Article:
Weight Watchers is in hot water after launching a weight loss mobile app for kids and young teens. Critics are fuming that the app could encourage eating disorders.

The Kurbo App was released on 13 August by WW (formerly known as Weight Watchers before it rebranded in 2018) and is described as “a scientifically-proven behaviour change program designed to help kids and teens ages 8-17 reach a healthier weight.” The app is intended to track food consumption, physical activity, and weight loss in kids.

The healthy-eating organisation has said that it created the app based on Stanford University’s Pediatric Weight Control Program that helps young people to “make lifestyle changes while receiving guidance around sustainable healthy eating, physical activity and mindfulness habits,” as reported in the New York Post.

WW may have had good intentions but parents are not happy, saying that the app may encourage kids to develop eating disorders.

This App Could Kill

A petition has been created on Change.org to pull the app. and has received more than 91,000 signatures.

“At least 30 million people of all ages and genders suffer from an eating disorder in the U.S.,” the petition reads. “Eating disorders have the highest mortality rate of any mental illness, every 62 minutes at least one person dies as a direct result from an eating disorder. This app will literally kill people.”

“Adolescence is a critical period of development and a window of vulnerability during which eating disorders can develop,” states the petition. Families are advised “to steer clear of weight talk, and instead focus on emphasizing healthy lifestyles.”

The petition’s organisers have described WW’s decision to launch the app “dangerous, irresponsible and immoral.” “You must pull this app and save thousands of children from developing and supporting life altering eating disorders that will eventually kill some of them.”

“Holistic, Rewarding & Inspirational”

Gary Foster, chief scientific officer at WW, said the app helps target “the prevalent public health problem of childhood obesity.”

“Alongside a distinguished group of leaders in pediatric health and nutrition, we’ve carefully developed this platform to be holistic, rewarding and inspirational so kids, teens and families get the tools and guidance they need to manage their environment and build and sustain healthy habits,” he said.

However, worryingly, Foster has confirmed to The Atlantic that warnings about a child losing weight too quickly or eating too little—behaviors that may indicate the onset of an eating disorder—are only available to those who sign up for the app’s optional one-on-one coaching service, which starts at $70 for a one-month plan.

Trigger For Eating Disorders

Natalie Muth, a pediatrician and a spokesperson for the American Academy of Pediatrics, is concerned that Kurbo may be dangerous for kids. “Children are not ‘little adults’ and the approaches that may ‘work’ for adults, such as weight-loss goals, are not appropriate for children most of the time,” she says. “Interventions that focus on weight as the main target can trigger disordered eating patterns, low confidence and self-esteem when goals are not met, and an unhealthy preoccupation with looking a certain way.”

We think society is obsessed enough about weight – it’s certainly unnecessary to introduce such apps to young children. Parents should be emphasising healthy eating practices rather than being concerned about what it says on the scale.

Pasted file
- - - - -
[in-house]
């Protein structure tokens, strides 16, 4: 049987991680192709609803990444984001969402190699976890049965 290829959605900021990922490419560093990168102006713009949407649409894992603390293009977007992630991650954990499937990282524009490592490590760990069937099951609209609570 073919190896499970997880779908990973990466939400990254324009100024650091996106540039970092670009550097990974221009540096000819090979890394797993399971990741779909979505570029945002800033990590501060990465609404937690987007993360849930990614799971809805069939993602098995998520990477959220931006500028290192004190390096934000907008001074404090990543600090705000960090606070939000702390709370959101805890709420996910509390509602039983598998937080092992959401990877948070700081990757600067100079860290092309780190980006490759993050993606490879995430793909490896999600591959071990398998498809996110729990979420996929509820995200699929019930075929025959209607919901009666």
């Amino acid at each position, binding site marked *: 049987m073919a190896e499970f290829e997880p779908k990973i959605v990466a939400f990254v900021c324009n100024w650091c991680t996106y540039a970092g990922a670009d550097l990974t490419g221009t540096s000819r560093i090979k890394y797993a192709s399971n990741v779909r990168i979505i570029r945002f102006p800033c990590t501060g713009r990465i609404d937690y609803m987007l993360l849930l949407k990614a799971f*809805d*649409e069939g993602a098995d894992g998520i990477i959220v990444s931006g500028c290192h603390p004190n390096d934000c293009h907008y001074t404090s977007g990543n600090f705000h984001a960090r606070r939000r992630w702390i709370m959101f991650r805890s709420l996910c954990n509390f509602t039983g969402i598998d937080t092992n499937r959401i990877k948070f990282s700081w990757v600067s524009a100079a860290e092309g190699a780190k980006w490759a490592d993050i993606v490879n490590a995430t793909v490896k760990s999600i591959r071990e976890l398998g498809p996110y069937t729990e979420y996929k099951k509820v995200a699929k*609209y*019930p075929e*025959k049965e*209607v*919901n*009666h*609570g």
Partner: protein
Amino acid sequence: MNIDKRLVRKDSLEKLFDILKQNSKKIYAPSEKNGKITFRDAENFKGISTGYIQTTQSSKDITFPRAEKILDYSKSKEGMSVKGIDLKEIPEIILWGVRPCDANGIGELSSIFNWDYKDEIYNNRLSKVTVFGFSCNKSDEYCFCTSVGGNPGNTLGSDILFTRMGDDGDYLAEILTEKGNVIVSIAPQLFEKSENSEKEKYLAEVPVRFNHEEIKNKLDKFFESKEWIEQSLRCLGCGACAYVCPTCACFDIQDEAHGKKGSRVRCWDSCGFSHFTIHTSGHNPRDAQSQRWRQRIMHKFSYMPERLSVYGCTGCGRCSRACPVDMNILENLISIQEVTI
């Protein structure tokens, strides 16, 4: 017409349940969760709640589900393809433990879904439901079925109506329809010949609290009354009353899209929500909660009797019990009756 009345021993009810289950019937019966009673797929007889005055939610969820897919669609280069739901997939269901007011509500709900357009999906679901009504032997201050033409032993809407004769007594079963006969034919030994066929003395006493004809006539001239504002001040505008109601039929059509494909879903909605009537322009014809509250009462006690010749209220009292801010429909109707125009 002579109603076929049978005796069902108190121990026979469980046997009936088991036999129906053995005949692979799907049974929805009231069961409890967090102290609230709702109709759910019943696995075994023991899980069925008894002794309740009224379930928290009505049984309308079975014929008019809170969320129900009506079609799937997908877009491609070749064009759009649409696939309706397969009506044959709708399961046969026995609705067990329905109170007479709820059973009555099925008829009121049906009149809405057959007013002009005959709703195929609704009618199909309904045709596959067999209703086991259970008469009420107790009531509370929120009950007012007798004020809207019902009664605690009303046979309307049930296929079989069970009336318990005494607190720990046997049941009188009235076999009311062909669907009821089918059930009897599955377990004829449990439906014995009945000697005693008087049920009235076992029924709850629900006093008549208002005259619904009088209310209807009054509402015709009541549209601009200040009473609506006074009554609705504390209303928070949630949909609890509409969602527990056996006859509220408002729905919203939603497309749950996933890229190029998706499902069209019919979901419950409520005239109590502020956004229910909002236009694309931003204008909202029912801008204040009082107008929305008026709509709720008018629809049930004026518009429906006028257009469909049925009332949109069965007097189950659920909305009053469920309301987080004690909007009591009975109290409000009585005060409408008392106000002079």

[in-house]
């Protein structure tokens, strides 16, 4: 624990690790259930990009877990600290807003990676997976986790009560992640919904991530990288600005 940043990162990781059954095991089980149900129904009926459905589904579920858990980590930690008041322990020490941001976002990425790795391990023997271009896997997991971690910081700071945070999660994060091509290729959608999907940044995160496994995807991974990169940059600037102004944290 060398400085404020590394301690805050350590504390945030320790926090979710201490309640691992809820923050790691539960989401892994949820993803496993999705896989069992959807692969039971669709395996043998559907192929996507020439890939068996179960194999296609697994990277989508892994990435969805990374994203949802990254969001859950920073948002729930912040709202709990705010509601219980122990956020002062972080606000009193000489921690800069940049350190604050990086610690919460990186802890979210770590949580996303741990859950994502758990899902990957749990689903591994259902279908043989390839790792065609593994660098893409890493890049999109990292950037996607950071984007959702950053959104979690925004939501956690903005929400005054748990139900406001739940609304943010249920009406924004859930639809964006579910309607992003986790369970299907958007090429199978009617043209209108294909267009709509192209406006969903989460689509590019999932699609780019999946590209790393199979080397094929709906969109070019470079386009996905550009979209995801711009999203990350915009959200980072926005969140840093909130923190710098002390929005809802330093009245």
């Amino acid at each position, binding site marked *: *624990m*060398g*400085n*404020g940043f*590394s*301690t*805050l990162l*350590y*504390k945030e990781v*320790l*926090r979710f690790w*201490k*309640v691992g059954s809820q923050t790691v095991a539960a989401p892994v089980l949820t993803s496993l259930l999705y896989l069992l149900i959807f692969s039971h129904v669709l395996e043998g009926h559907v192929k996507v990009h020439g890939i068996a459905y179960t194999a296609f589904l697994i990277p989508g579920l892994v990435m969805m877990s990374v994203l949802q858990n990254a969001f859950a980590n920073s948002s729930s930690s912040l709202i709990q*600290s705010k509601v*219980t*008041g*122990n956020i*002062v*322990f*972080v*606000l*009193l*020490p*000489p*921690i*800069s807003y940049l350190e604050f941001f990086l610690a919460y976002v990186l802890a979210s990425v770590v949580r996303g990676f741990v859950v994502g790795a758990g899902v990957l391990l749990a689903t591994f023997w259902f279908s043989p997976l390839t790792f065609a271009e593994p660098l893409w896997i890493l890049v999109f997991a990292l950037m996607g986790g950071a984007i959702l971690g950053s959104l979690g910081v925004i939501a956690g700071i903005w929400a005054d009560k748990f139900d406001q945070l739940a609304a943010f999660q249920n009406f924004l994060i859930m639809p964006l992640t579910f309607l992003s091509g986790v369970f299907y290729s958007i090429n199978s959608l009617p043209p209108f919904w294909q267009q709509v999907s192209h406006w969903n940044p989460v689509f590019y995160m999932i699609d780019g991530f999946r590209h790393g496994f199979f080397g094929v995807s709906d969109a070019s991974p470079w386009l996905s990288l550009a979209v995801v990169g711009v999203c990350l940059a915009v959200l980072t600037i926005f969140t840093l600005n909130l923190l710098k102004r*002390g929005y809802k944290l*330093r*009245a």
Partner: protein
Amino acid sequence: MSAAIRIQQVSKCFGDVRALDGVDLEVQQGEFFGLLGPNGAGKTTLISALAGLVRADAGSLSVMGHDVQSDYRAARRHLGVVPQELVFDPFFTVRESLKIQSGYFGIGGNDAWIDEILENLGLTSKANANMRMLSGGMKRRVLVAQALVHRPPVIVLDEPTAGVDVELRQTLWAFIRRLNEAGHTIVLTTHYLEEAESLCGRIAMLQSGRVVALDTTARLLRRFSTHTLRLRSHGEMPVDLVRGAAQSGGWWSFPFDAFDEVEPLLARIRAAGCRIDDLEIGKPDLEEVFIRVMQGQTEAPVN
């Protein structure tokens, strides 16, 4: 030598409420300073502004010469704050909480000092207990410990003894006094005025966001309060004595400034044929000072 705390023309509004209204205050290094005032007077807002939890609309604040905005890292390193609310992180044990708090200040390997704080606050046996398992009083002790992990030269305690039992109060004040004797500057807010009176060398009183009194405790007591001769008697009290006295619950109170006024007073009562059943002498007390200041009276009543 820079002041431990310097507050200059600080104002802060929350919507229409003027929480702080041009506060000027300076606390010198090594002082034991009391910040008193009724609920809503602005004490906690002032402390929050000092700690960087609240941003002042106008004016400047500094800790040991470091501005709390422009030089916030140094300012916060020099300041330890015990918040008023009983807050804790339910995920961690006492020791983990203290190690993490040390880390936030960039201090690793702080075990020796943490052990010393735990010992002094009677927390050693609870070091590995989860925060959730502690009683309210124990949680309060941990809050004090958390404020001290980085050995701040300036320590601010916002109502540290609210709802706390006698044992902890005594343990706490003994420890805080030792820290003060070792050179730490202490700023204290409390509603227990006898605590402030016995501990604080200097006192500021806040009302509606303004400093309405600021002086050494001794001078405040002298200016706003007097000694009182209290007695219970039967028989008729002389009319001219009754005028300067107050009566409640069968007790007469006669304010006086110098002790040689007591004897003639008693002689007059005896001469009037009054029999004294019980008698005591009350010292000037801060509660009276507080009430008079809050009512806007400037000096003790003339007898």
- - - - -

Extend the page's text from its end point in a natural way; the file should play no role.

Do you think this new app is good or bad? Tell us in the comments below.

  • It’s sad that something like even needs to exist but I think if it is marketed in the right way, it could be a brilliant way to change the relationship people have with food.
    If this app is actually for parents to use so they have guidance on how to make healthier choices for their family and make it a positive experience, I think it is fantastic. At the end of the day, parents are the main people who influence the relationship their children have with food and if the parents are making unhealthy food decisions because they don’t know otherwise, how can their kids be expected to know.


  • Noooooo please don’t give kids another thing to worry about. It’s up to parents to give them good nutrition. Everything in moderation.


  • This is great for starting a healthy life.


  • Kids are under enough pressure these days without adding more.


  • I don’t believe this should be allowed. Between those ages are the most vulnerable of a child’s life – those teenage years and they believe image is everything – this is just rubbing that in.


  • Really???
    What is this world coming to


  • Noooooo! I didn’t even read past the first paragraph because this is not okay.


  • Not a great move. Would be much better if families educated and ate and exercised together


  • Don’t agree with this at all! Kids don’t need to be worrying about their weight and I just think it will create more eating disorders. Silly move weight watchers


  • Not a very wise move, very stupid actually.


  • Kids don’t control the food they’re given access to. Better to educate and support parents than give kids an app.


  • Kids should be aloud to be kids and not think about their weight. But at the same time guided by healthy habits form by their family and schools


  • This is just wrong on so many levels.


  • This is not needed!


  • This is the last thing we need, yes we need to help kids make healthy choices but this is too obsessive


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